By focusing on specific cities and combining data on local air quality with Clue menstrual cycle data from the same geographic areas (Clue does not collect specific location data and has only approximate city-level data), this project aims to help understand how environmental factors can contribute to reproductive health. The researchers are also interested in whether acute air pollution spikes, caused by events such as wildfires, can affect cycle length and variability of those exposed to these events. This project is focused on cities in Brazil, Mexico, and the United States.

Are digestive symptoms associated with mood during PMS?

Institution: Johns Hopkins University

Lead researchers: Liisa Hantsoo, PhD

Digestive symptoms such as bloating, constipation, and nausea are experienced before menstruation by as many as 73% of people with cycles. Associations between digestive symptoms and mood are poorly understood among those with premenstrual syndrome (PMS), although previous studies suggest that the two may influence each other. This study is investigating the frequency of digestive symptom tracking across the cycle as well as the relationship between digestive symptoms and mood symptoms such as feeling stressed, withdrawn, and unmotivated during the premenstrual period. 

What is the contribution of menstrual cycles to mood, behavior, and vital signs? 

Institution: Stanford University

Lead researchers: Emma Pierson PhD and Jure Leskovec PhD

This project aimed to better understand how dimensions of mood, behavior, and vital signs vary daily, weekly, seasonally and/or during menstrual cycles, using Clue's rich dataset combined with machine learning models. The research team hopes that this work can improve understanding of how menstrual cycles contribute to overall health.

Read more

Modeling Individual Cyclic Variation in Human Behavior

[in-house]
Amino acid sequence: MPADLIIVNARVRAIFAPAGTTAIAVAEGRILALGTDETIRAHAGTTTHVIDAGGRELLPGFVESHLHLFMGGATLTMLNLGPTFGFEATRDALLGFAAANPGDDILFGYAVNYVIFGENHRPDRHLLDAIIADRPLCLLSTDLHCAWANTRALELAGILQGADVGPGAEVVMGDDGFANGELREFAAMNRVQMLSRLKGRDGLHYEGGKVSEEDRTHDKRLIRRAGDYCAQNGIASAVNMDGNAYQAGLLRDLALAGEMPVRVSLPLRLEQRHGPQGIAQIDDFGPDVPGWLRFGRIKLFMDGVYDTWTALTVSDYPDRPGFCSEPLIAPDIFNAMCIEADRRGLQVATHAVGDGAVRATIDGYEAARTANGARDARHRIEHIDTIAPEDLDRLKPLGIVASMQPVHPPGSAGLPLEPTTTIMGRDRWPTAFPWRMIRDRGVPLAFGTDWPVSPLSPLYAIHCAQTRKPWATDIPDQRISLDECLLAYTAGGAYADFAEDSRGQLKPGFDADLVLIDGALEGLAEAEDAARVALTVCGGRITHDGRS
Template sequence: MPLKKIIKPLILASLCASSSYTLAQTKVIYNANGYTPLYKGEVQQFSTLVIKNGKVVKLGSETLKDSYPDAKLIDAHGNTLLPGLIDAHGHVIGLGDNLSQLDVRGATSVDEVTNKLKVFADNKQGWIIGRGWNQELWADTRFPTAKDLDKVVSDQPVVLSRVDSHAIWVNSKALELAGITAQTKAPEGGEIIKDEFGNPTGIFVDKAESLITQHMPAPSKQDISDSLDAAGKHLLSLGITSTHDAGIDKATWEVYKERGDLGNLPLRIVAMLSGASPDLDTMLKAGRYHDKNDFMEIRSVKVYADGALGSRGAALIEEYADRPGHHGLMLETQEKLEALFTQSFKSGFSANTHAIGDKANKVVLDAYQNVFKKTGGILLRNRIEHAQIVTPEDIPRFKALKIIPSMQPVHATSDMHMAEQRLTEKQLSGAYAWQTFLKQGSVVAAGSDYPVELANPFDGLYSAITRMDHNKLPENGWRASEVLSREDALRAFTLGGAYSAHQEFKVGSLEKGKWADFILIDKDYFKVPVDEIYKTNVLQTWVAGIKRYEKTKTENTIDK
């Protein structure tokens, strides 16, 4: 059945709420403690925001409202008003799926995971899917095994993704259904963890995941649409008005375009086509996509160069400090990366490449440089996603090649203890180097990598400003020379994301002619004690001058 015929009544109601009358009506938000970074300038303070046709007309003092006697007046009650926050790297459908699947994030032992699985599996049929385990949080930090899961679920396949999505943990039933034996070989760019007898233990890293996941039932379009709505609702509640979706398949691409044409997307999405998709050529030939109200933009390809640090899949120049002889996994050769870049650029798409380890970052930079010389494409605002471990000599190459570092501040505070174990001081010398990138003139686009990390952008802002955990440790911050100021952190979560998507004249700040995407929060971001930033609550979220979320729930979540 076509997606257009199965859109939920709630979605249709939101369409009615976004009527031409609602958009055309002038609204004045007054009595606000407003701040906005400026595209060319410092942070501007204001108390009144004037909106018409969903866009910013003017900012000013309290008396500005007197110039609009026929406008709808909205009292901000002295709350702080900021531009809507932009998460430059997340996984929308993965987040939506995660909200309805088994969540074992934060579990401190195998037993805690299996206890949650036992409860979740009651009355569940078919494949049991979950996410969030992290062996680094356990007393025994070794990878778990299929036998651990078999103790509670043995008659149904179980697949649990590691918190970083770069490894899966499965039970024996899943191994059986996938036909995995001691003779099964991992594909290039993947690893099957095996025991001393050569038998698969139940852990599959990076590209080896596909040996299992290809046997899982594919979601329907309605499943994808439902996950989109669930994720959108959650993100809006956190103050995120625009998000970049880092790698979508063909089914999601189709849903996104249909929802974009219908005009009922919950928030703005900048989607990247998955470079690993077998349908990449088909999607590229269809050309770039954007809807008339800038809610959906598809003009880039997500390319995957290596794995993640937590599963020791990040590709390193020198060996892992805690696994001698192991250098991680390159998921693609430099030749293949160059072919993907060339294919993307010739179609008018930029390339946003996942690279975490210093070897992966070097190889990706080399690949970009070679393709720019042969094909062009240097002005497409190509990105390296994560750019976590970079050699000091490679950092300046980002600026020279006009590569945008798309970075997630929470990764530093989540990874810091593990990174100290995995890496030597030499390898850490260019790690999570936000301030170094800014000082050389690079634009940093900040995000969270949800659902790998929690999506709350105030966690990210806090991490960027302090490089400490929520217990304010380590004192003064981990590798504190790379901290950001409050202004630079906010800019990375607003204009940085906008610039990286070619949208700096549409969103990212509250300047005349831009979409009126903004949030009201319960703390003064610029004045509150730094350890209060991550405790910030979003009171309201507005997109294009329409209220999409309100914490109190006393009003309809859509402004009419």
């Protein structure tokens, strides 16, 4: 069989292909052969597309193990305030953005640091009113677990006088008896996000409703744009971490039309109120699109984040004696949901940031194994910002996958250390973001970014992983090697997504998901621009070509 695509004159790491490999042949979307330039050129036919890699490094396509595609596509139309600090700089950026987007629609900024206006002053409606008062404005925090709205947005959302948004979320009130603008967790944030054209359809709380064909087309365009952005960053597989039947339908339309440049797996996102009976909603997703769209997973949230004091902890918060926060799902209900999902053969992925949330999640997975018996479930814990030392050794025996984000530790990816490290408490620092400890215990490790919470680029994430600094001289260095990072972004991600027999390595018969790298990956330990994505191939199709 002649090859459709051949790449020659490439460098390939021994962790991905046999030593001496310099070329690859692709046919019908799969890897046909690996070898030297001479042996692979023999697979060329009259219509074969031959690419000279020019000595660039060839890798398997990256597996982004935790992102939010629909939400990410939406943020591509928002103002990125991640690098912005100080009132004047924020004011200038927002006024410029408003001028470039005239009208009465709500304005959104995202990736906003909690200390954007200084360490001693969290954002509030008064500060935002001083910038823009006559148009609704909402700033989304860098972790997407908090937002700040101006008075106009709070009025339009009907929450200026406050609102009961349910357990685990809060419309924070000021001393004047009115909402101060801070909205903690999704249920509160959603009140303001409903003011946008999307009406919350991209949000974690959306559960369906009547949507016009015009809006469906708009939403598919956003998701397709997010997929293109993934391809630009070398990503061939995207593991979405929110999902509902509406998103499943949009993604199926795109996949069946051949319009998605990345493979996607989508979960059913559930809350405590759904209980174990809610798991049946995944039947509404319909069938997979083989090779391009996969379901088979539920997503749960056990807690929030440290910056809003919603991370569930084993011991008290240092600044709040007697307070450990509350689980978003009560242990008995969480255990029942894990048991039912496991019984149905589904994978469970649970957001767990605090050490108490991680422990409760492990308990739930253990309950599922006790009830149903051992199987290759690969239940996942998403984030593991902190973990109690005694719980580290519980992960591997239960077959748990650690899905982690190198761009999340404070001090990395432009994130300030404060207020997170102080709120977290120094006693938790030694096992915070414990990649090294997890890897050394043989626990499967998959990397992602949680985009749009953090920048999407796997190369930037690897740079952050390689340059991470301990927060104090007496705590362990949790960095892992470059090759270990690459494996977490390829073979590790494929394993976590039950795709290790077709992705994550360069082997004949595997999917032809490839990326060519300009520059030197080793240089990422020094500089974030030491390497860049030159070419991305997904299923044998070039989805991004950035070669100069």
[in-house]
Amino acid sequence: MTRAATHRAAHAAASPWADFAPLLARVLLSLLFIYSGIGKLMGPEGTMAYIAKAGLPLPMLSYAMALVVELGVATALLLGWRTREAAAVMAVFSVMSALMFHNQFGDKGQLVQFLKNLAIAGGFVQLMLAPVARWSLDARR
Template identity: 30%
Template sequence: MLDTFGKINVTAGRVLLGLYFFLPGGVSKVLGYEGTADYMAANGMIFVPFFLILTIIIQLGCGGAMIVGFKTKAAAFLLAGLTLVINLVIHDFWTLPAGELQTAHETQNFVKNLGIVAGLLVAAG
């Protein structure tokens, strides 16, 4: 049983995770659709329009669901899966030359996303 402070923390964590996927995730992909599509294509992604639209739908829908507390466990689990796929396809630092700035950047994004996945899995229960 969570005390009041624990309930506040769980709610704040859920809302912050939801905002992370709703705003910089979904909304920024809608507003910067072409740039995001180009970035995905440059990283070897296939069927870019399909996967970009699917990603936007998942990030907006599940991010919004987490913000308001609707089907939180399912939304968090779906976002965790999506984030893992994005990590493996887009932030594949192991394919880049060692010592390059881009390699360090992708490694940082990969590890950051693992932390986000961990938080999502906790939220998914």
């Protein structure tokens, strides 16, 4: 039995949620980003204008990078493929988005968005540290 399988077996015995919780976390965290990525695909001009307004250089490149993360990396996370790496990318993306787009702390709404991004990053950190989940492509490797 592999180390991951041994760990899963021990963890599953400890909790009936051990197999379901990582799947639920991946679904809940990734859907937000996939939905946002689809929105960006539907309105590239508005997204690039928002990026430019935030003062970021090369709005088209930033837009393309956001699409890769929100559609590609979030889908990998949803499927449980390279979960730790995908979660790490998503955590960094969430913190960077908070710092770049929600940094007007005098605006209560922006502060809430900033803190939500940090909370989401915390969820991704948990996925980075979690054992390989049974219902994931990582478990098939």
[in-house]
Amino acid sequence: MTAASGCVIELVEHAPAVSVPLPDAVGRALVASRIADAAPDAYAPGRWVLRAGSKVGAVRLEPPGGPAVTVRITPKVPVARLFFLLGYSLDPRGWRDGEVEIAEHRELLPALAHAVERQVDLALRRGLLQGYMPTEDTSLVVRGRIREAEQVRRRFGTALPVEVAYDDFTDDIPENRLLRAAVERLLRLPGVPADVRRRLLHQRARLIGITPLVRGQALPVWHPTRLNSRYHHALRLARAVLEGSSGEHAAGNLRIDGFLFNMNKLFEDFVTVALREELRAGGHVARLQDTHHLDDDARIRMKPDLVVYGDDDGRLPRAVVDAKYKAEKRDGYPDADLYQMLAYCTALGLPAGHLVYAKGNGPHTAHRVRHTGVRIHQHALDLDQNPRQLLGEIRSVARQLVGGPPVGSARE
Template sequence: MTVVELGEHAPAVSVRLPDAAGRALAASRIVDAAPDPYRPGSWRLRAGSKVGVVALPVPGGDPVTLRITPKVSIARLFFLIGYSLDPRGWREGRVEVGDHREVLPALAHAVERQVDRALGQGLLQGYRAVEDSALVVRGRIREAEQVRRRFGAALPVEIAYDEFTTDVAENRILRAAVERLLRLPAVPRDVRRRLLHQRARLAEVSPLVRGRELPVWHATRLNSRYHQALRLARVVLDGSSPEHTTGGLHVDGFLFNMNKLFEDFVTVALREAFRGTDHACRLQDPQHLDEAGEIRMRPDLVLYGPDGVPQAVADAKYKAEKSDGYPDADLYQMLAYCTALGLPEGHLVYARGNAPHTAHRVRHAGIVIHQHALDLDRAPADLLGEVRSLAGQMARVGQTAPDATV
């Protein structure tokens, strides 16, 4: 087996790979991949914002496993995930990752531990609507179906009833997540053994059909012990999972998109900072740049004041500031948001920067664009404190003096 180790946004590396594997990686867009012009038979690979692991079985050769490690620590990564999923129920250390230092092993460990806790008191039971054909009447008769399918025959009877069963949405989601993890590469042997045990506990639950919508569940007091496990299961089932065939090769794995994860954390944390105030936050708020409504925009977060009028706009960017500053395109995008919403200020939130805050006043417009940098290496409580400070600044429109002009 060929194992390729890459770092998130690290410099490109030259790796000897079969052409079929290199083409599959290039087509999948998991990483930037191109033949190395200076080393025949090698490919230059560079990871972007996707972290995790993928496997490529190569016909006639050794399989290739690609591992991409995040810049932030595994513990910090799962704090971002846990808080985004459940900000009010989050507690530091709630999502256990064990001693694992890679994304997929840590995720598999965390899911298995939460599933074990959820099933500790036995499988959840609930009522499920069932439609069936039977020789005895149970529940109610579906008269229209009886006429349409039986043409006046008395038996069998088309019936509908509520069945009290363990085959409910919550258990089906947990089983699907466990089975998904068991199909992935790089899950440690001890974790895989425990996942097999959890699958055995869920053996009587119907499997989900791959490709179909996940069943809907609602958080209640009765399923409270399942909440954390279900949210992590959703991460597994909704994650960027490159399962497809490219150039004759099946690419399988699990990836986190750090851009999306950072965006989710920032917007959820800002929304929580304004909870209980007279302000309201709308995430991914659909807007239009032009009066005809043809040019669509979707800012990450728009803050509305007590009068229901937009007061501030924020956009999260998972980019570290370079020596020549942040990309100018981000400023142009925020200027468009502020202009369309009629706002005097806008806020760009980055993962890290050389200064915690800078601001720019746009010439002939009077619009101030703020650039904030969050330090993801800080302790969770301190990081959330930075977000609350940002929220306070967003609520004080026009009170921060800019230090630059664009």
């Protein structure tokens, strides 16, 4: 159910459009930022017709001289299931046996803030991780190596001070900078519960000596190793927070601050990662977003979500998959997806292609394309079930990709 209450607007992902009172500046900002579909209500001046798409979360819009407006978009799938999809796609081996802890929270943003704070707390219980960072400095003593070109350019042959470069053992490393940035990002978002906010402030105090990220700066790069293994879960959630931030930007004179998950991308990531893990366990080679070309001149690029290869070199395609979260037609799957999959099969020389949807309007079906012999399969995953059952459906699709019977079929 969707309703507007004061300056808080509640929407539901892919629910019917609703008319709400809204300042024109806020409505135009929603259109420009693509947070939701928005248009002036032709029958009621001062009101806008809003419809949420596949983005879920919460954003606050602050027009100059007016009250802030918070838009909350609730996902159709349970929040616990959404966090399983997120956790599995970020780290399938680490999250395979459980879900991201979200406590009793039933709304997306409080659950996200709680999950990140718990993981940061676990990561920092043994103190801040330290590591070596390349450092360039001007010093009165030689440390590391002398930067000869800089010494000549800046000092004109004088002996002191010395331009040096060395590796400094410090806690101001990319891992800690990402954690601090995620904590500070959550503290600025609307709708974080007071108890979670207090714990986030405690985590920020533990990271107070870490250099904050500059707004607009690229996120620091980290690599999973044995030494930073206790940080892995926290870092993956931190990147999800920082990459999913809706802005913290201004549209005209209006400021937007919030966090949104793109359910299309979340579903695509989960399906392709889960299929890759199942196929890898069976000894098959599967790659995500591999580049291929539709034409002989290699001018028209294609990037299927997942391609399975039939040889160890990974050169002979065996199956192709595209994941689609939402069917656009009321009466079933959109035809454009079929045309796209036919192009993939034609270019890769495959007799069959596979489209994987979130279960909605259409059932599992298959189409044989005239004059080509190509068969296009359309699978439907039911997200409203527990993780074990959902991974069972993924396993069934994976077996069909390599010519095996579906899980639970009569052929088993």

Daily, weekly, seasonal and menstrual cycles in women’s mood, behavior and vital signs

How do menstrual cycle lengths and symptoms vary across individuals? Can AI be improved to more accurately predict when an individual’s next period will be?

Institution: Stanford University

Researchers: Noémie Elhadad PhD, Kathy Li PhD, Iñigo Urteaga PhD, Chris Wiggins PhD

Examining cycle length alone is often not enough to capture the full extent of menstrual cycle variation. Dr. Elhadad’s team looked at cycle variability (how much a person’s cycle lengths change from cycle to cycle) and its association with symptom tracking patterns (such as headaches and tender breasts). Further investigation of these differences could help clinicians and researchers better understand the wide range of cycle patterns that people experience and more effectively use cycle characteristics as potential health indicators. 

For a separate project, Dr. Elhadad’s team aimed to differentiate menstrual patterns from app tracking behavior. When people forget to track their periods in period tracking apps, the data appears as an inaccurately long cycle, which can affect the app’s predictions. By finding ways to estimate when a long cycle might actually be due to forgetting to track, more accurate models can be developed to provide better estimates of the timing of future cycles. Dr. Elhadad’s team developed a model that determines the probability of an individual forgetting to track their cycle, which can be used to improve app experiences and data quality for research.  

Read more

A Predictive model for next cycle start date that accounts for adherence in menstrual self- tracking

A Generative Modeling Approach to Calibrated Predictions: A Use Case on Menstrual Cycle Length Prediction

Characterizing physiological and symptomatic variation in menstrual cycles using self-tracked mobile-health data

Is there an association between menstrual patterns and chronic disease risk? 

Institution: Mailman School of Public Health at Columbia University